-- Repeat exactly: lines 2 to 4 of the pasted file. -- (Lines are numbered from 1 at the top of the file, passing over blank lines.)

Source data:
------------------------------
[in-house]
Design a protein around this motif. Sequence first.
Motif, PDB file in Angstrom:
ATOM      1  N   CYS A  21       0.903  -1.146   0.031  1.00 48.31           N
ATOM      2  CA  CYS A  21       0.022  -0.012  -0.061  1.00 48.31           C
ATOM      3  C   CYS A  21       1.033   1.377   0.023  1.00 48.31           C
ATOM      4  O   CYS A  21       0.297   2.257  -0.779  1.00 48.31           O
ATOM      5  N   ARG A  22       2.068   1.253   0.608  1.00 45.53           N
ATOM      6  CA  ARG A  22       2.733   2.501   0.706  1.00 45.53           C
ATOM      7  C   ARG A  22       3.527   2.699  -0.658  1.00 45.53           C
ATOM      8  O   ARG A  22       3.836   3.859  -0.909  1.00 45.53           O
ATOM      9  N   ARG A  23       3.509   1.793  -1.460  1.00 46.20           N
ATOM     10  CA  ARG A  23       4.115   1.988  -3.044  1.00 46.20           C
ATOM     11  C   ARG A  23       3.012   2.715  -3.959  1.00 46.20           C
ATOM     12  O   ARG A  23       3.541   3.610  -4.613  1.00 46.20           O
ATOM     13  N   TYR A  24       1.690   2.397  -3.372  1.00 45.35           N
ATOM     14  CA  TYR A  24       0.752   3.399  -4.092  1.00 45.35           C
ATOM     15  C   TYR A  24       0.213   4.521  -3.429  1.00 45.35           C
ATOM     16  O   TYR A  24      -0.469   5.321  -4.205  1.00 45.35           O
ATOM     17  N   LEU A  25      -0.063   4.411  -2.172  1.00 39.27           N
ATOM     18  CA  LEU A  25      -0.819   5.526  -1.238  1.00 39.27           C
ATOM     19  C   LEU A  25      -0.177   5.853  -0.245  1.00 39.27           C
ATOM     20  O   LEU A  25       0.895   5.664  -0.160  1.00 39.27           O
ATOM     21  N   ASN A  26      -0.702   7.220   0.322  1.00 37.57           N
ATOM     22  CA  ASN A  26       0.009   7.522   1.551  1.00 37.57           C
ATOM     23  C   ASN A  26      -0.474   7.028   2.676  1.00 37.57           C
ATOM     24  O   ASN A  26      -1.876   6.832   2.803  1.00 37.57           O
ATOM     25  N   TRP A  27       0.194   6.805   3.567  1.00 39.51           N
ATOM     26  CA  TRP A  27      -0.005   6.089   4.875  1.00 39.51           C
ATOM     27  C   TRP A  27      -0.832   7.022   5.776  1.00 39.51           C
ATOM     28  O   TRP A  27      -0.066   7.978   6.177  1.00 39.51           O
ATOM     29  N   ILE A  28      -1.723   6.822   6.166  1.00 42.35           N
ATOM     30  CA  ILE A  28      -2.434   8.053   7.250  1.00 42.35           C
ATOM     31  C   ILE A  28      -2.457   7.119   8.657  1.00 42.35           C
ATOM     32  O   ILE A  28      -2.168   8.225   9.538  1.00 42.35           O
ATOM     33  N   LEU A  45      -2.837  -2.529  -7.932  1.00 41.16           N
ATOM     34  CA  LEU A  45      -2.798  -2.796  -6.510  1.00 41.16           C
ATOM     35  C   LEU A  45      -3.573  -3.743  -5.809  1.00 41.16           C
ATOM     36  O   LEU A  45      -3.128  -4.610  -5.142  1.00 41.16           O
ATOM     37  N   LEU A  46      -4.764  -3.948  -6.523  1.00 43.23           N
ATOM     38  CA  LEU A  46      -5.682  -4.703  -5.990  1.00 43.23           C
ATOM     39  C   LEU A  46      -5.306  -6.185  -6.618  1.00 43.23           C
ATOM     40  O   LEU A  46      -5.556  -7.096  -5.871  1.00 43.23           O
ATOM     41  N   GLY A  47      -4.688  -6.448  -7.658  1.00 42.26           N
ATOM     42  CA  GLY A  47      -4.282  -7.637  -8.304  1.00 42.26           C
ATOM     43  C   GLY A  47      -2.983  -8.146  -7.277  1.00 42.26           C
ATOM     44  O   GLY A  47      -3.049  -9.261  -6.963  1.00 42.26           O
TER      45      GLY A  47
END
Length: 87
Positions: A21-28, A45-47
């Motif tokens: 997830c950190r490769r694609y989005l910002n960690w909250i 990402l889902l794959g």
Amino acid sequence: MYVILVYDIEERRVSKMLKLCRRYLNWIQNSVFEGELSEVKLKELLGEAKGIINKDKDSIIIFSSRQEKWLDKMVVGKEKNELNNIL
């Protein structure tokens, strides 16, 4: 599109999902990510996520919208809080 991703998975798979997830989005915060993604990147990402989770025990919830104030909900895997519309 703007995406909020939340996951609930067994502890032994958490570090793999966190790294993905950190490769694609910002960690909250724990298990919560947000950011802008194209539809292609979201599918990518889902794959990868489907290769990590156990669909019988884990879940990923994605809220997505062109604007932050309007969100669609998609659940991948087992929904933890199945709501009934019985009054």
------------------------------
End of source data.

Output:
Design a protein around this motif. Sequence first.
Motif, PDB file in Angstrom:
ATOM      1  N   CYS A  21       0.903  -1.146   0.031  1.00 48.31           N